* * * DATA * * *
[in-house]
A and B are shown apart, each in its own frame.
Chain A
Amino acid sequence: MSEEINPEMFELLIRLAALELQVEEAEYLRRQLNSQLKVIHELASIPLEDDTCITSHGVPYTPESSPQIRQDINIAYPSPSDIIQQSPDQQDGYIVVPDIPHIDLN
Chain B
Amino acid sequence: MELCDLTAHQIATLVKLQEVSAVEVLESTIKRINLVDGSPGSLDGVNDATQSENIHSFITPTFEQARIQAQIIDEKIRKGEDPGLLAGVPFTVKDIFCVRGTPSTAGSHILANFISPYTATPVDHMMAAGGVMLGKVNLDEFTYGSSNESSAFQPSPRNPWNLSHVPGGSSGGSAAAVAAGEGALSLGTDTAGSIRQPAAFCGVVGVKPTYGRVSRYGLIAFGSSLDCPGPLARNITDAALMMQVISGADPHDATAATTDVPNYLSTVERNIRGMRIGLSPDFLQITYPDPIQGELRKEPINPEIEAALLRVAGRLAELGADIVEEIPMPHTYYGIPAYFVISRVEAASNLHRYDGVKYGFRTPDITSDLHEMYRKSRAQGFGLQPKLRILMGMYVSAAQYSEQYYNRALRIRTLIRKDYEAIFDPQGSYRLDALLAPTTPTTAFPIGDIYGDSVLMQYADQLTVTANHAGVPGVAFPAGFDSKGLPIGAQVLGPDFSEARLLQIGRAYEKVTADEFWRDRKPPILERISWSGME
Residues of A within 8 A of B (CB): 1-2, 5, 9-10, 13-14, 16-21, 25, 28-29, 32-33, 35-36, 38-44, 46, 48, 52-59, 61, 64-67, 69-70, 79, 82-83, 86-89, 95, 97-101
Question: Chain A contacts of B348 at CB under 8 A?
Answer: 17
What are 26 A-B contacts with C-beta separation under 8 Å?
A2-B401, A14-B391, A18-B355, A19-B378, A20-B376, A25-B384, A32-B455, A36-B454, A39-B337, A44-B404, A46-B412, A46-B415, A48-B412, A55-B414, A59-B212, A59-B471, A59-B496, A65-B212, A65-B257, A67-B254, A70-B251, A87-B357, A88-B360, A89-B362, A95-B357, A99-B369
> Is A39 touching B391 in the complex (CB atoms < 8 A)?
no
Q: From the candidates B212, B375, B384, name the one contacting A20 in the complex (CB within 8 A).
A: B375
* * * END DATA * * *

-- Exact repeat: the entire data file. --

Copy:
[in-house]
A and B are shown apart, each in its own frame.
Chain A
Amino acid sequence: MSEEINPEMFELLIRLAALELQVEEAEYLRRQLNSQLKVIHELASIPLEDDTCITSHGVPYTPESSPQIRQDINIAYPSPSDIIQQSPDQQDGYIVVPDIPHIDLN
Chain B
Amino acid sequence: MELCDLTAHQIATLVKLQEVSAVEVLESTIKRINLVDGSPGSLDGVNDATQSENIHSFITPTFEQARIQAQIIDEKIRKGEDPGLLAGVPFTVKDIFCVRGTPSTAGSHILANFISPYTATPVDHMMAAGGVMLGKVNLDEFTYGSSNESSAFQPSPRNPWNLSHVPGGSSGGSAAAVAAGEGALSLGTDTAGSIRQPAAFCGVVGVKPTYGRVSRYGLIAFGSSLDCPGPLARNITDAALMMQVISGADPHDATAATTDVPNYLSTVERNIRGMRIGLSPDFLQITYPDPIQGELRKEPINPEIEAALLRVAGRLAELGADIVEEIPMPHTYYGIPAYFVISRVEAASNLHRYDGVKYGFRTPDITSDLHEMYRKSRAQGFGLQPKLRILMGMYVSAAQYSEQYYNRALRIRTLIRKDYEAIFDPQGSYRLDALLAPTTPTTAFPIGDIYGDSVLMQYADQLTVTANHAGVPGVAFPAGFDSKGLPIGAQVLGPDFSEARLLQIGRAYEKVTADEFWRDRKPPILERISWSGME
Residues of A within 8 A of B (CB): 1-2, 5, 9-10, 13-14, 16-21, 25, 28-29, 32-33, 35-36, 38-44, 46, 48, 52-59, 61, 64-67, 69-70, 79, 82-83, 86-89, 95, 97-101
Question: Chain A contacts of B348 at CB under 8 A?
Answer: 17
What are 26 A-B contacts with C-beta separation under 8 Å?
A2-B401, A14-B391, A18-B355, A19-B378, A20-B376, A25-B384, A32-B455, A36-B454, A39-B337, A44-B404, A46-B412, A46-B415, A48-B412, A55-B414, A59-B212, A59-B471, A59-B496, A65-B212, A65-B257, A67-B254, A70-B251, A87-B357, A88-B360, A89-B362, A95-B357, A99-B369
> Is A39 touching B391 in the complex (CB atoms < 8 A)?
no
Q: From the candidates B212, B375, B384, name the one contacting A20 in the complex (CB within 8 A).
A: B375